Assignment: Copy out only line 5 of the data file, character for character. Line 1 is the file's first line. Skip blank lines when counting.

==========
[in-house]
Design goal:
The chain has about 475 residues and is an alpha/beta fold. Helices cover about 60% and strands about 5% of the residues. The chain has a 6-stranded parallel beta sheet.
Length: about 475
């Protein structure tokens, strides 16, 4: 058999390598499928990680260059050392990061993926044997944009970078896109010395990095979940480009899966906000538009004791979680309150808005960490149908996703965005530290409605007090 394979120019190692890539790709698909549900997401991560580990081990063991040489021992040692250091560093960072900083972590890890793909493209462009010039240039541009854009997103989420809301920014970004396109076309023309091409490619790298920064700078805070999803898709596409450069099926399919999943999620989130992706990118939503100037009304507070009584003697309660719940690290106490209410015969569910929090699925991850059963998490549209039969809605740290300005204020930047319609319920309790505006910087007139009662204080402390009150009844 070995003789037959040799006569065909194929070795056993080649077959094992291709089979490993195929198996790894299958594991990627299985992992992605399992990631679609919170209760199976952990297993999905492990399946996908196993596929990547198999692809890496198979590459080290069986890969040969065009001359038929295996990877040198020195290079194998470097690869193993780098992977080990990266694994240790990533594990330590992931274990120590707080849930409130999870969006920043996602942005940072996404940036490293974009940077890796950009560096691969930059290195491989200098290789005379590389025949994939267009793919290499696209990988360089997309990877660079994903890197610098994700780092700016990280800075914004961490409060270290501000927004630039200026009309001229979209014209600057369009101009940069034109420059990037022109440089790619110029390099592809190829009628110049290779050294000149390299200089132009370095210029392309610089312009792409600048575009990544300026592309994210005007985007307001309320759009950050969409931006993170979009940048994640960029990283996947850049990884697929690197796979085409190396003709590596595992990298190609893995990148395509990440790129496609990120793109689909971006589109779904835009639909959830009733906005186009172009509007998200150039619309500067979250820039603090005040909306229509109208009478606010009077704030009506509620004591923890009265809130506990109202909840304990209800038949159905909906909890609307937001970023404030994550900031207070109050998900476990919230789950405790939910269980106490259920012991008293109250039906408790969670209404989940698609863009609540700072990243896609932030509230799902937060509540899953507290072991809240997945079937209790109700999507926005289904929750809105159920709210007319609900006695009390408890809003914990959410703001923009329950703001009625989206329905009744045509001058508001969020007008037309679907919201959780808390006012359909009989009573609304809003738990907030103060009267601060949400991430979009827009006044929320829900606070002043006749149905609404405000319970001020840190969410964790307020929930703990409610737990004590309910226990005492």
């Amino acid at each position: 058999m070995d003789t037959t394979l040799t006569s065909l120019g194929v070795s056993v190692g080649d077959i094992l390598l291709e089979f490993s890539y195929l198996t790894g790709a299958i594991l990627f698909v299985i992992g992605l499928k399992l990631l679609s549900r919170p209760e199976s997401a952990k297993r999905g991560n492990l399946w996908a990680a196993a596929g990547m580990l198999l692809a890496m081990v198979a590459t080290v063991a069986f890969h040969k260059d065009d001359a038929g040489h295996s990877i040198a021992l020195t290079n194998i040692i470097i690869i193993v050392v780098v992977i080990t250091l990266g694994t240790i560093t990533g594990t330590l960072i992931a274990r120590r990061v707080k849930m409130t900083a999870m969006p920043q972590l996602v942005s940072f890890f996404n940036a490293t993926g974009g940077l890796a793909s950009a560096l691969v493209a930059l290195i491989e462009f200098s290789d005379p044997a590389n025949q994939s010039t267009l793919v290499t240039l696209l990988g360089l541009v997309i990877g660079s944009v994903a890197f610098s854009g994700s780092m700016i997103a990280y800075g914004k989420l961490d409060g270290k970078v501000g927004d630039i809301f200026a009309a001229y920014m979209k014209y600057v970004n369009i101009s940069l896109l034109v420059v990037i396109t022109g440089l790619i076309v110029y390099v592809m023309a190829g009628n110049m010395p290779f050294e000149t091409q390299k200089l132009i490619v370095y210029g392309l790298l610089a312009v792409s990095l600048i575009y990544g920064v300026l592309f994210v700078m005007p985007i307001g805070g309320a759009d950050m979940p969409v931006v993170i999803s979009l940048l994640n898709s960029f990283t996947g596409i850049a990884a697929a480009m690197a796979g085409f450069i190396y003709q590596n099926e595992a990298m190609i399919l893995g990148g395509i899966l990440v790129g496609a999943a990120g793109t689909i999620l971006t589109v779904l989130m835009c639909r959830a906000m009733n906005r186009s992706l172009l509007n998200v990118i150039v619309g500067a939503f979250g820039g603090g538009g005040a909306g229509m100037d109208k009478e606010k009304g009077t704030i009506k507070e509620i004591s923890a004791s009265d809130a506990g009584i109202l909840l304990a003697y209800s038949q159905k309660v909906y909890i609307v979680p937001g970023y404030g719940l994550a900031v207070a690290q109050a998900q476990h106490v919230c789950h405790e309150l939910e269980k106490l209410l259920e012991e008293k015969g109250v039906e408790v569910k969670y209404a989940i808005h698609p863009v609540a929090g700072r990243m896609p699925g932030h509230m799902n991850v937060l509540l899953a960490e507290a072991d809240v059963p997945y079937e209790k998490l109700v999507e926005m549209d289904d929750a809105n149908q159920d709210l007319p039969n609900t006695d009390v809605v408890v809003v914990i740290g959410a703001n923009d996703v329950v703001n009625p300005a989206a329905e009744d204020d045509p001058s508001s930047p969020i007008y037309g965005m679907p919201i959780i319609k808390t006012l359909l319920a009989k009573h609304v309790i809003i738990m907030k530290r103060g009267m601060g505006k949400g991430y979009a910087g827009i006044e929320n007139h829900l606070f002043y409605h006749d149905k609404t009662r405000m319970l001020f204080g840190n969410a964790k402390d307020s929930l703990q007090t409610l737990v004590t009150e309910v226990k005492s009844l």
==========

């Protein structure tokens, strides 16, 4: 058999390598499928990680260059050392990061993926044997944009970078896109010395990095979940480009899966906000538009004791979680309150808005960490149908996703965005530290409605007090 394979120019190692890539790709698909549900997401991560580990081990063991040489021992040692250091560093960072900083972590890890793909493209462009010039240039541009854009997103989420809301920014970004396109076309023309091409490619790298920064700078805070999803898709596409450069099926399919999943999620989130992706990118939503100037009304507070009584003697309660719940690290106490209410015969569910929090699925991850059963998490549209039969809605740290300005204020930047319609319920309790505006910087007139009662204080402390009150009844 070995003789037959040799006569065909194929070795056993080649077959094992291709089979490993195929198996790894299958594991990627299985992992992605399992990631679609919170209760199976952990297993999905492990399946996908196993596929990547198999692809890496198979590459080290069986890969040969065009001359038929295996990877040198020195290079194998470097690869193993780098992977080990990266694994240790990533594990330590992931274990120590707080849930409130999870969006920043996602942005940072996404940036490293974009940077890796950009560096691969930059290195491989200098290789005379590389025949994939267009793919290499696209990988360089997309990877660079994903890197610098994700780092700016990280800075914004961490409060270290501000927004630039200026009309001229979209014209600057369009101009940069034109420059990037022109440089790619110029390099592809190829009628110049290779050294000149390299200089132009370095210029392309610089312009792409600048575009990544300026592309994210005007985007307001309320759009950050969409931006993170979009940048994640960029990283996947850049990884697929690197796979085409190396003709590596595992990298190609893995990148395509990440790129496609990120793109689909971006589109779904835009639909959830009733906005186009172009509007998200150039619309500067979250820039603090005040909306229509109208009478606010009077704030009506509620004591923890009265809130506990109202909840304990209800038949159905909906909890609307937001970023404030994550900031207070109050998900476990919230789950405790939910269980106490259920012991008293109250039906408790969670209404989940698609863009609540700072990243896609932030509230799902937060509540899953507290072991809240997945079937209790109700999507926005289904929750809105159920709210007319609900006695009390408890809003914990959410703001923009329950703001009625989206329905009744045509001058508001969020007008037309679907919201959780808390006012359909009989009573609304809003738990907030103060009267601060949400991430979009827009006044929320829900606070002043006749149905609404405000319970001020840190969410964790307020929930703990409610737990004590309910226990005492």